After a lot of technical discussions, the NRC is ready to take the next step in considering whether GE-Hitachi’s Economic Simplified Boiling Water Reactor meets our standards for U.S. use.
We’ve been reviewing this new reactor design for several years. This design includes new types of safety systems that would use gravity to direct cooling water into the core during an emergency, even when electrical power is lost. Our review path took a major turn in 2011.
In March of that year we issued our technical conclusions on the design. The NRC then drafted a regulation that would approve the ESBWR, but later in 2011, we received additional information related to the steam dryer design that made us pause. (The steam dryer prevents excess moisture from damaging the plant’s turbine.)
We spent 2012 and 2013 making sure we had all the necessary information from GE-Hitachi on the ESBWR steam dryer design. We’ve completed the review of the additional steam dryer design information and now have what we need to complete the design certification.
The NRC expects to seek public comment on a supplemental proposed certification rule next month and to send a draft final rule to the five-member Commission in July. This process could lead to final certification of the ESBWR later this year.
Utilities interested in new reactors can reference NRC-certified designs to simplify parts of their license reviews. The utilities applying for licenses to build ESBWRs, Detroit Edison in Michigan and Dominion in Virginia, will have to update their applications to account for any changes to the design.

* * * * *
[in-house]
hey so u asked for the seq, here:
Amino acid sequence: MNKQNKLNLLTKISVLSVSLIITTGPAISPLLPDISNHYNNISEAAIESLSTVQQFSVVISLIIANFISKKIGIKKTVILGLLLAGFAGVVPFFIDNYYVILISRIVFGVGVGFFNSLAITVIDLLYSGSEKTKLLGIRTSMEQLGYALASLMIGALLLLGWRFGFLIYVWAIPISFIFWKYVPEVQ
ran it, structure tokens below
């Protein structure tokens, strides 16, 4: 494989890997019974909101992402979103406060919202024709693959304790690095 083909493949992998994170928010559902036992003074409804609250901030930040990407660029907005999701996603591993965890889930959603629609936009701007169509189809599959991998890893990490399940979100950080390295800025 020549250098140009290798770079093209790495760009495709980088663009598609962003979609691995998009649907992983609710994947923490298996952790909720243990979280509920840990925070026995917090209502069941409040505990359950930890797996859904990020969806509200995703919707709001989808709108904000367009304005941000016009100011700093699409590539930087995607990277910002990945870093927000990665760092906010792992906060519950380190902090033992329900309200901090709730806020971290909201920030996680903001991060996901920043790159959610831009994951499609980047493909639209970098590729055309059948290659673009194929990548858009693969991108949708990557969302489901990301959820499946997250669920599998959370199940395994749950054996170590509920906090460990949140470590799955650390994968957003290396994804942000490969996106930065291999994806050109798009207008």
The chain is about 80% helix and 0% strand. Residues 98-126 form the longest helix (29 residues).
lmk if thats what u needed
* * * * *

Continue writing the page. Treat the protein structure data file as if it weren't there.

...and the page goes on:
Our letter to GE-Hitachi on these developments is available in the NRC’s electronic document database.
3 thoughts on “Closing In on Finishing the ESBWR Design Review”
unique and useful post
After several years, the Staff is finally “considering” finishing up? Seriously? The BWR has been around for a while, and there’s no doubt any new variant of it is far, far safer than any of the hundreds of coal, hydro or gas fired plants operating in the US right now. Before the ESBWR meets your standards, how many wind turbines and gas plants will be built in the US? How many NPP will the Chinese put up? Will the Russians make your never ending gold standard reviews irrelevant to anyone outside the US?
Have a look at the big picture.
Stated “We’ve been reviewing this new reactor design for several years. This design includes new types of safety systems that would use gravity to direct cooling water into the core during an emergency, even when electrical power is lost. Our review path took a major turn in 2011”
In the 60’s the nuclear industry promoted a Gravity feed system that all plants would have for insured safety but that changed, I believe because of cost and it will probably change when costs over run.
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